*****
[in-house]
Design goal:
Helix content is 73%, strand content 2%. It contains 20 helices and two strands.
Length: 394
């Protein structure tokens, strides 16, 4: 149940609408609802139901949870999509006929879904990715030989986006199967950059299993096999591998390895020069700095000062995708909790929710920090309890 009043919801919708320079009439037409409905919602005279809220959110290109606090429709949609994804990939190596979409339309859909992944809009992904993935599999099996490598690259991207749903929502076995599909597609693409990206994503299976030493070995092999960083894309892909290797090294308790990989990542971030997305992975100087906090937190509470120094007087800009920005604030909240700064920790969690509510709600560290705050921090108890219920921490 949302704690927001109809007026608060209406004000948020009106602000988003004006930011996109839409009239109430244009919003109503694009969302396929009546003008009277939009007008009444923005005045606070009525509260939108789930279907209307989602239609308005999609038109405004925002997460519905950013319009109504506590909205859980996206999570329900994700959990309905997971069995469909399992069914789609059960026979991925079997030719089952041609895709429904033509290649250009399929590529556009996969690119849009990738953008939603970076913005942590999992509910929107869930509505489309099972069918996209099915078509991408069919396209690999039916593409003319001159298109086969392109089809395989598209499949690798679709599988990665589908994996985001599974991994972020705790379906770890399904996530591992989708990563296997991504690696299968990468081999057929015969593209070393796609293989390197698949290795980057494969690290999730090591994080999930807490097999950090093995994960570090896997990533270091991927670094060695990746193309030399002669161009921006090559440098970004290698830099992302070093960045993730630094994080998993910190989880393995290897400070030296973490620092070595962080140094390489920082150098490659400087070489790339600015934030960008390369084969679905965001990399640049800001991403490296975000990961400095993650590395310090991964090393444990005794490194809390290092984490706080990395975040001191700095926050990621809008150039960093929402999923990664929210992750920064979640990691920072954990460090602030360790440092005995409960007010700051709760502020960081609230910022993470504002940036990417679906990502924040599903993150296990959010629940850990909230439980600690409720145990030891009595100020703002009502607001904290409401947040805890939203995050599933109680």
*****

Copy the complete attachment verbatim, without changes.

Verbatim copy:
[in-house]
Design goal:
Helix content is 73%, strand content 2%. It contains 20 helices and two strands.
Length: 394
């Protein structure tokens, strides 16, 4: 149940609408609802139901949870999509006929879904990715030989986006199967950059299993096999591998390895020069700095000062995708909790929710920090309890 009043919801919708320079009439037409409905919602005279809220959110290109606090429709949609994804990939190596979409339309859909992944809009992904993935599999099996490598690259991207749903929502076995599909597609693409990206994503299976030493070995092999960083894309892909290797090294308790990989990542971030997305992975100087906090937190509470120094007087800009920005604030909240700064920790969690509510709600560290705050921090108890219920921490 949302704690927001109809007026608060209406004000948020009106602000988003004006930011996109839409009239109430244009919003109503694009969302396929009546003008009277939009007008009444923005005045606070009525509260939108789930279907209307989602239609308005999609038109405004925002997460519905950013319009109504506590909205859980996206999570329900994700959990309905997971069995469909399992069914789609059960026979991925079997030719089952041609895709429904033509290649250009399929590529556009996969690119849009990738953008939603970076913005942590999992509910929107869930509505489309099972069918996209099915078509991408069919396209690999039916593409003319001159298109086969392109089809395989598209499949690798679709599988990665589908994996985001599974991994972020705790379906770890399904996530591992989708990563296997991504690696299968990468081999057929015969593209070393796609293989390197698949290795980057494969690290999730090591994080999930807490097999950090093995994960570090896997990533270091991927670094060695990746193309030399002669161009921006090559440098970004290698830099992302070093960045993730630094994080998993910190989880393995290897400070030296973490620092070595962080140094390489920082150098490659400087070489790339600015934030960008390369084969679905965001990399640049800001991403490296975000990961400095993650590395310090991964090393444990005794490194809390290092984490706080990395975040001191700095926050990621809008150039960093929402999923990664929210992750920064979640990691920072954990460090602030360790440092005995409960007010700051709760502020960081609230910022993470504002940036990417679906990502924040599903993150296990959010629940850990909230439980600690409720145990030891009595100020703002009502607001904290409401947040805890939203995050599933109680």